Greater Manchester GP surgeries at breaking point after huge increase in patient numbers

David Otterwell and Dean Kirby report 5th November 2014 in a “Special report: Greater Manchester GP surgeries at breaking point after huge increase in patient numbers” 

Figures show that nearly 40,000 people have registered with doctors in the last 18 months. Look on the link for the actual numbers… The poor manpower planning and rationing of places for British students means we will be importing… for the next 3 – 4 elections..

GP surgeries are at breaking point after the number of patients across Greater Manchester soared by nearly 40,000 in just 18 months.

NHS data analysed by the M.E.N. shows that an extra 38,738 people signed up with a surgery from April last year to October this year.

The figures show that 16 surgeries in the region saw their registered patients increase by more than a quarter.


The number of extra people who signed up with a surgery from April last year to October this year


The average number of patients signed up with each surgery in Greater Manchester


The number of surgeries in the region which saw their registered patients increase by more than a quarter

One senior doctor says GPs are facing increasing pressure from rising numbers of patients due to an aging population and the movement of care out of hospitals.

Dr Kailash Chand OBE, a Tameside GP and deputy chairman of the British Medical Association, said the figures highlight the pressure on GPs.

He added: “There can be little doubt that GP practices across the north west are struggling with the same pressures that are coming to bare on GP services throughout the NHS.

“We are seeing serious shortfalls in the number of doctors choosing to train as GPs. In the north west, almost 30 per cent of GP trainee places went unfilled, while senior GPs are choosing to retire early or work abroad for a better work-life balance.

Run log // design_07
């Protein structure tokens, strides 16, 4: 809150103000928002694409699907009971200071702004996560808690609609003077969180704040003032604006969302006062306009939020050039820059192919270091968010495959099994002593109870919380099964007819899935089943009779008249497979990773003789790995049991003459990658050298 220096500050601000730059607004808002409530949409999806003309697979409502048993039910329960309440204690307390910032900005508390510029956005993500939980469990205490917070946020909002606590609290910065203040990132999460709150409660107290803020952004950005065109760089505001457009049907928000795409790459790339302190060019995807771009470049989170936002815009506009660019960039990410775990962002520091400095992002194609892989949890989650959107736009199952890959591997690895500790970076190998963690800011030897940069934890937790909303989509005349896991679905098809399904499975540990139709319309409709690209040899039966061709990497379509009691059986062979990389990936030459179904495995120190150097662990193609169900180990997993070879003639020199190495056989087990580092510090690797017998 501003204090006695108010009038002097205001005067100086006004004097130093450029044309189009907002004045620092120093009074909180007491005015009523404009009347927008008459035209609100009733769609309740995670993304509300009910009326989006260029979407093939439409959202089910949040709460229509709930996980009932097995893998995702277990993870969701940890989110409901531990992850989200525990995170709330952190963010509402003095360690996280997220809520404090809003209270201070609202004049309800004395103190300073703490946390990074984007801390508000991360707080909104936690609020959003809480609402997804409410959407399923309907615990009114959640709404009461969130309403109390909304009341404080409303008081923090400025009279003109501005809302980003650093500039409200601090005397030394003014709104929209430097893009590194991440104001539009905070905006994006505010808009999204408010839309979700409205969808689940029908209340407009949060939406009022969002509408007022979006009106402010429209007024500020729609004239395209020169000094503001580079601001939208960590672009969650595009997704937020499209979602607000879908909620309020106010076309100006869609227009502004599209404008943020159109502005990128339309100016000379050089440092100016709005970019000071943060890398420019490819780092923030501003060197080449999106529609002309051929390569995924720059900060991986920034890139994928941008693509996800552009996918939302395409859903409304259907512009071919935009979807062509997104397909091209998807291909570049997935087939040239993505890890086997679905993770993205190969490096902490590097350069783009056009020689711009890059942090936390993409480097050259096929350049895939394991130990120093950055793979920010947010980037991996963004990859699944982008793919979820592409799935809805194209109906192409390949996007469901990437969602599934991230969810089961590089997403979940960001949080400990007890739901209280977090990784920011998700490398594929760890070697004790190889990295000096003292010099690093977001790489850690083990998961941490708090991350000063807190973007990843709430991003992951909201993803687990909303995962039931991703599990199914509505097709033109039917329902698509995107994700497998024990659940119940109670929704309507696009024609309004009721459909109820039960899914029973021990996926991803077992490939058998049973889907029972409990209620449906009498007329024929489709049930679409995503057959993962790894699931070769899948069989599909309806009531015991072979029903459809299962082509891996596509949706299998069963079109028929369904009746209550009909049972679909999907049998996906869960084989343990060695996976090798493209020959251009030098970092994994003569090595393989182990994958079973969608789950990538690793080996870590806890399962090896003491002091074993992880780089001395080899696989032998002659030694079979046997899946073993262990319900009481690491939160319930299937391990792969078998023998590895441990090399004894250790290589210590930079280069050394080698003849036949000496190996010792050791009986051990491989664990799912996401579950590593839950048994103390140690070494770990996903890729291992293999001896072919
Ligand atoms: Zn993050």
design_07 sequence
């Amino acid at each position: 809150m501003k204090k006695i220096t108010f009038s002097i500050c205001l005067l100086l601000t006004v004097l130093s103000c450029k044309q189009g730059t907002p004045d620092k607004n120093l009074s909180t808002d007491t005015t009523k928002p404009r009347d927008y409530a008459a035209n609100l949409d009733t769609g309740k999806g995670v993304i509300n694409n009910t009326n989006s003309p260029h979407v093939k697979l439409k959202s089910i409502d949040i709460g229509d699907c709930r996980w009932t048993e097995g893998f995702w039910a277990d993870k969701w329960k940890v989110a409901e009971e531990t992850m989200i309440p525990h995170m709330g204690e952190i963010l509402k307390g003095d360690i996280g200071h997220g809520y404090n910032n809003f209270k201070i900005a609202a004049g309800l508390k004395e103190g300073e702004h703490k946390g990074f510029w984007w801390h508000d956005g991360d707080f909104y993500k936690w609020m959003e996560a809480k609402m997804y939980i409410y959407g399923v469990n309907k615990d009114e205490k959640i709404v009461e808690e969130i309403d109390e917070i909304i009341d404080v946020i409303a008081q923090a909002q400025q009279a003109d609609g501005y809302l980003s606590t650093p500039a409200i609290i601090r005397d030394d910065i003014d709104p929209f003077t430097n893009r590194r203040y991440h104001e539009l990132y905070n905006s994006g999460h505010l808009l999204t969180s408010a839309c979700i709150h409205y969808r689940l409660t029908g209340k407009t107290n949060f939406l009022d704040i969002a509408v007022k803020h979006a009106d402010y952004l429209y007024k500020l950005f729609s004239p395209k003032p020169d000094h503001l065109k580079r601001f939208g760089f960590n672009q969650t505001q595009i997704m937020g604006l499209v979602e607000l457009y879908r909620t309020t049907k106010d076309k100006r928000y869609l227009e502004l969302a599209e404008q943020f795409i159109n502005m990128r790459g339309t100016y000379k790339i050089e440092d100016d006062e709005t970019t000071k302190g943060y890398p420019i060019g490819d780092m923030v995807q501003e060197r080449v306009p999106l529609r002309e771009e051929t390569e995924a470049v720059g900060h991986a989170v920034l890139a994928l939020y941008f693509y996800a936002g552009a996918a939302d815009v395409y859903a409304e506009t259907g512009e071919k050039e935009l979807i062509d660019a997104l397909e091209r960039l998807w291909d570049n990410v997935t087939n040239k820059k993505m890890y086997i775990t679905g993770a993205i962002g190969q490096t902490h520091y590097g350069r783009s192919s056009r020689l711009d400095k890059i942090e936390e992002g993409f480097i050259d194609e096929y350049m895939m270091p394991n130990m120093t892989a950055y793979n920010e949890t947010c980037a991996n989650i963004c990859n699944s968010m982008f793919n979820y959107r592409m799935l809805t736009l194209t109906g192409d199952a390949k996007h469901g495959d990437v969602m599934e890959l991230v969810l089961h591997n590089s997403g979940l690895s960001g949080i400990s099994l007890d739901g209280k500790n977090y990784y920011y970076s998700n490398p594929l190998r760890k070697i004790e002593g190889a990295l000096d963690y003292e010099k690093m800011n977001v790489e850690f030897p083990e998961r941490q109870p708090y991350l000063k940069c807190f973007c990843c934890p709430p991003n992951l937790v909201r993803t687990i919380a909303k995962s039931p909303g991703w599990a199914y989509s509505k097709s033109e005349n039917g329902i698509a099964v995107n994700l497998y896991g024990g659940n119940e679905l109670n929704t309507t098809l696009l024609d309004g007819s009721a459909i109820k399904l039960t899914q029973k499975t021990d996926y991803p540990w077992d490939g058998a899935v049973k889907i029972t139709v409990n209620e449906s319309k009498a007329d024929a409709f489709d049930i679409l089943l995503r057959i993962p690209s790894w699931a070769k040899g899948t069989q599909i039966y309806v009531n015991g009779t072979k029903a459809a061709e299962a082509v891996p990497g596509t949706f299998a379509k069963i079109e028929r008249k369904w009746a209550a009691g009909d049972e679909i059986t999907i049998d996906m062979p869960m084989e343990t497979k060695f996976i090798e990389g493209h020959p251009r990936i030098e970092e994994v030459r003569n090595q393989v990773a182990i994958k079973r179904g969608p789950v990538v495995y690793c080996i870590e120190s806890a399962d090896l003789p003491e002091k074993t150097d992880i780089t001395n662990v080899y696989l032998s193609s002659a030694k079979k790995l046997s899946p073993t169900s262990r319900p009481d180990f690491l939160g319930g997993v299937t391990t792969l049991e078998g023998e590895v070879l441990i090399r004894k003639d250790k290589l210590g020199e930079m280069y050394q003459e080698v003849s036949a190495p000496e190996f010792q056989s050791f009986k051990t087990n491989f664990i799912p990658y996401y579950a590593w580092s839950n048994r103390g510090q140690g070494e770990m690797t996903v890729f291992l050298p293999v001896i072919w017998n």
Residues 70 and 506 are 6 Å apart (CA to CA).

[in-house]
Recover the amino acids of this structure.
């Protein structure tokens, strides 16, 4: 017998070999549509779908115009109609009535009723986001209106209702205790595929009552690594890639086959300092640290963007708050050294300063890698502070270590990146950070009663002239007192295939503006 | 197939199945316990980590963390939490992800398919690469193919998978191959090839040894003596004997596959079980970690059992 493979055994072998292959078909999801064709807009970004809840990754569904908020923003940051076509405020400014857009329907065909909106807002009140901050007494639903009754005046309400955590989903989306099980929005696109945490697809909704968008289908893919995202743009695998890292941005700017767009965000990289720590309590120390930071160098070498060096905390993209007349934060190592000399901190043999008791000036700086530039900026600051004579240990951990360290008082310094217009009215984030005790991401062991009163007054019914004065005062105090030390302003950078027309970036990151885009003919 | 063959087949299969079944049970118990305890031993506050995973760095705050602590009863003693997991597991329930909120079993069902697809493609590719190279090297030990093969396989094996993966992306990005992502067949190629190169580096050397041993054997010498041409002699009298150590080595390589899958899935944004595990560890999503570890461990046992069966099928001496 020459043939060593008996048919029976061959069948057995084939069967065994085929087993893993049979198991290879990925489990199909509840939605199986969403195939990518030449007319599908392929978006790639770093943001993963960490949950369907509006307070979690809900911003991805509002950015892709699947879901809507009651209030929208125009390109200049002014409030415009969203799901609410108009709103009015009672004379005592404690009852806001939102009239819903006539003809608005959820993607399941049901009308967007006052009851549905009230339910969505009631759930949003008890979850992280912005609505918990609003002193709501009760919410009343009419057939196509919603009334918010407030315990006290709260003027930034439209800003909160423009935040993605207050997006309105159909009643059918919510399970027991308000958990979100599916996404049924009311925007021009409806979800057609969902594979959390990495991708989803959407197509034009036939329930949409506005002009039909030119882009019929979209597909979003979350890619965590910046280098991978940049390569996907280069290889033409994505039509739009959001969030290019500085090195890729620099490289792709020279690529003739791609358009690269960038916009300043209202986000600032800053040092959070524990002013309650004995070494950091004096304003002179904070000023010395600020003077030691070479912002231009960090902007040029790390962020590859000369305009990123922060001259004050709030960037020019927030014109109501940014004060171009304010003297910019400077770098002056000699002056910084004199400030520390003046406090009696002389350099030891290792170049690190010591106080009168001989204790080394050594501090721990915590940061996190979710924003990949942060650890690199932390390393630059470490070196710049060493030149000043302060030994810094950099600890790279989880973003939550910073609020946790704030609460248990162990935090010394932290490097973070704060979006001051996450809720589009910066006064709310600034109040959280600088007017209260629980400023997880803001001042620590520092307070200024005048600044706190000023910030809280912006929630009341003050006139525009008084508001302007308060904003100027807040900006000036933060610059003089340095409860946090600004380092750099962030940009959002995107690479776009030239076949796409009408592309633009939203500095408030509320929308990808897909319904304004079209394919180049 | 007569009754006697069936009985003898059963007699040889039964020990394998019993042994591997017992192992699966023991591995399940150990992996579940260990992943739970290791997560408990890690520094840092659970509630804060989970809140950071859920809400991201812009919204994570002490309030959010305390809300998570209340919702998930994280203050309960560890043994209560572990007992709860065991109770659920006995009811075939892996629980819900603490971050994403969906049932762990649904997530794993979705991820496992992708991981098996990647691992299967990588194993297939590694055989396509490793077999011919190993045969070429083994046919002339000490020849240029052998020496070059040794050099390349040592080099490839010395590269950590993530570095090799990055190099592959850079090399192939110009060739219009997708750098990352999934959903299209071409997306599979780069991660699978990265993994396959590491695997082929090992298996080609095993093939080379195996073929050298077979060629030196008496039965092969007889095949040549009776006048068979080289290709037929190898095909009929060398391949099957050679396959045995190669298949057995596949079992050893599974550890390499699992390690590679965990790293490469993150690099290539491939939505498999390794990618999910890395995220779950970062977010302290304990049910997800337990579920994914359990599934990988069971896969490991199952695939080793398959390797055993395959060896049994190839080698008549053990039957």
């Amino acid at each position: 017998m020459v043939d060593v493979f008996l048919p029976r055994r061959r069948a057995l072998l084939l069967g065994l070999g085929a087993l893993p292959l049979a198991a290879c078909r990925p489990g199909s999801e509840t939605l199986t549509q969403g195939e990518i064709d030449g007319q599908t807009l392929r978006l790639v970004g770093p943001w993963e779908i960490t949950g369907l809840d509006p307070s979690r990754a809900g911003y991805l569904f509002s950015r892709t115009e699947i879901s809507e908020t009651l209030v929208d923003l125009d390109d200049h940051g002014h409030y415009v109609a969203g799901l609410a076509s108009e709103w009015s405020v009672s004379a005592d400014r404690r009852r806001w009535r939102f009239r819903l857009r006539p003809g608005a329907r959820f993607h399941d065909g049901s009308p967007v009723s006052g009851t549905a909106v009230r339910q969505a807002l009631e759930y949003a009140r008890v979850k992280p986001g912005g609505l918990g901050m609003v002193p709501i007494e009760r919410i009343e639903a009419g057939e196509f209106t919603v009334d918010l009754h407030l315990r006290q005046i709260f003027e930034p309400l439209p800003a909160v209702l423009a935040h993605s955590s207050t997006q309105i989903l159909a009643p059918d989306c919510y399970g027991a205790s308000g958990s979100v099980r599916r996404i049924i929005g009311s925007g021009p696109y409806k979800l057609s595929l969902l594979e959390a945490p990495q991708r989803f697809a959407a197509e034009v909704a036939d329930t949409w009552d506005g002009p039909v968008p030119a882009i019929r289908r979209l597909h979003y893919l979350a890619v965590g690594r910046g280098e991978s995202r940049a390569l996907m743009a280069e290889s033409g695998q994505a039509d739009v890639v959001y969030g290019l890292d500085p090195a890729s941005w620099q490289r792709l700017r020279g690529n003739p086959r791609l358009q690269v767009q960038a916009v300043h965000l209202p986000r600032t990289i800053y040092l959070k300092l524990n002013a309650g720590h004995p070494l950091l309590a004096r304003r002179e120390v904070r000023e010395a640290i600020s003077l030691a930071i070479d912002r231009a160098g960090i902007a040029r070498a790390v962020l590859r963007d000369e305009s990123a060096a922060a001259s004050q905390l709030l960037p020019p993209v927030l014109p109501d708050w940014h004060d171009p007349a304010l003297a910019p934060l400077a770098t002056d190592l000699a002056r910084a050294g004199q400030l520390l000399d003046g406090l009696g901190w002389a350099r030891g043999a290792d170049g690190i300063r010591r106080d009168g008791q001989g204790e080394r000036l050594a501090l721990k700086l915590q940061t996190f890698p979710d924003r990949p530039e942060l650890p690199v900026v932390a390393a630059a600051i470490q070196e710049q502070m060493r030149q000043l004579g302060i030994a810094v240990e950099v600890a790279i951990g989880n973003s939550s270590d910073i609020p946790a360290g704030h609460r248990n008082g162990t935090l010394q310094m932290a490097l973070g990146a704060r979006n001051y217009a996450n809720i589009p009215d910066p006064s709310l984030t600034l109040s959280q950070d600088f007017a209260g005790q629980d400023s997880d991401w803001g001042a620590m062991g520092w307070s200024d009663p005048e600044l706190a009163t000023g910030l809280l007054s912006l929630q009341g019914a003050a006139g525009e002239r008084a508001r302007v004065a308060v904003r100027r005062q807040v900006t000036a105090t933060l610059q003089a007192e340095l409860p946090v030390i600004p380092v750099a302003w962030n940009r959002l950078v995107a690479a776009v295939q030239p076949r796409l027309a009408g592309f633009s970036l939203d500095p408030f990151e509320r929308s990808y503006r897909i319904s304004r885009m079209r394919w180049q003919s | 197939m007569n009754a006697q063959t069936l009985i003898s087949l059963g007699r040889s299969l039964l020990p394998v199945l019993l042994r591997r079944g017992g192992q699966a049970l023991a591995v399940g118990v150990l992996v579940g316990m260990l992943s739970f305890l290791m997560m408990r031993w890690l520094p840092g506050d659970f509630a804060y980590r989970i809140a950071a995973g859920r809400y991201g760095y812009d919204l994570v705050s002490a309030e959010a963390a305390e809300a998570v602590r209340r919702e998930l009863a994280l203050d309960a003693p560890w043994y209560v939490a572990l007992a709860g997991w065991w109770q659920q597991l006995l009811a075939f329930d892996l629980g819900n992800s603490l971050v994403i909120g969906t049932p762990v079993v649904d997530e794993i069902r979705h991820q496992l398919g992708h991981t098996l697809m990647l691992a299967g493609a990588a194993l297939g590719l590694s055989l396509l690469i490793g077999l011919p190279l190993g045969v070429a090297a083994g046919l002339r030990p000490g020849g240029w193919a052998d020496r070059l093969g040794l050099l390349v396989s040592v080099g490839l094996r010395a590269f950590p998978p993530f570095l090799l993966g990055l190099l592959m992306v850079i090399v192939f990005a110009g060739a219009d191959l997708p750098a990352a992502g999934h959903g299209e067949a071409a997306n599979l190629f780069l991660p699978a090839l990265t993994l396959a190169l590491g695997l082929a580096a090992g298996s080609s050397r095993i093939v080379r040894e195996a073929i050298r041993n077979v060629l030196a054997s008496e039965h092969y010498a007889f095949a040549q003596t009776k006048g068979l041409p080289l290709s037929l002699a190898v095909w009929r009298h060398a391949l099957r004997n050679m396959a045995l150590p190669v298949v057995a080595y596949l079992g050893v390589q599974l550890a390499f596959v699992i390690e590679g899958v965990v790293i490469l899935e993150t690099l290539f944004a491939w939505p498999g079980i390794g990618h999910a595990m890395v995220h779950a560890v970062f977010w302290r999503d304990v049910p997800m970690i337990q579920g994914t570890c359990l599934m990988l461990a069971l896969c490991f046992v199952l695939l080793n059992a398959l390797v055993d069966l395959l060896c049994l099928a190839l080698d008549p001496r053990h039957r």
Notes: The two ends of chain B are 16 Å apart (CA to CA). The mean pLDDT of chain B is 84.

“If this situation continues, it will result in an accelerating decline in the overall number of GPs, which could present a threat to patient care as there may be too few GPs for the number of patients walking through the surgery doors.”

….A spokeswoman for NHS England in Greater Manchester said: “NHS England recognises the increase in patients registered with GPs in the Greater Manchester area.

“Continued growth in the local population has been anticipated and a number of new practices were established over recent years to accommodate some of these patients, while other practices have expanded.

“GP practices income is largely determined by their list size. Therefore, when the registered patient list grows, the practice receives an increase in funding to resource the increase in service delivery required for these patients.

“We can confirm that this will not affect patients’ ability to access appointments.”

This entry was posted in A Personal View, Rationing, Stories in the Media on by .

About Roger Burns - retired GP

I am a retired GP and medical educator. I have supported patient participation throughout my career, and my practice, St Thomas; Surgery, has had a longstanding and active Patient Participation Group (PPG). I support the idea of Community Health Councils, although I feel they should be funded at arms length from government. I have taught GP trainees for 30 years, and been a Programme Director for GP training in Pembrokeshire 20 years. I served on the Pembrokeshire LHG and LHB for a total of 10 years. I completed an MBA in 1996, and I along with most others, never had an exit interview from any job in the NHS! I completed an MBA in 1996, and was a runner up for the Adam Smith prize for economy and efficiency in government in that year. This was owing to a suggestion (St Thomas' Mutual) that practices had incentives for saving by being allowed to buy rationed out services in the following year.

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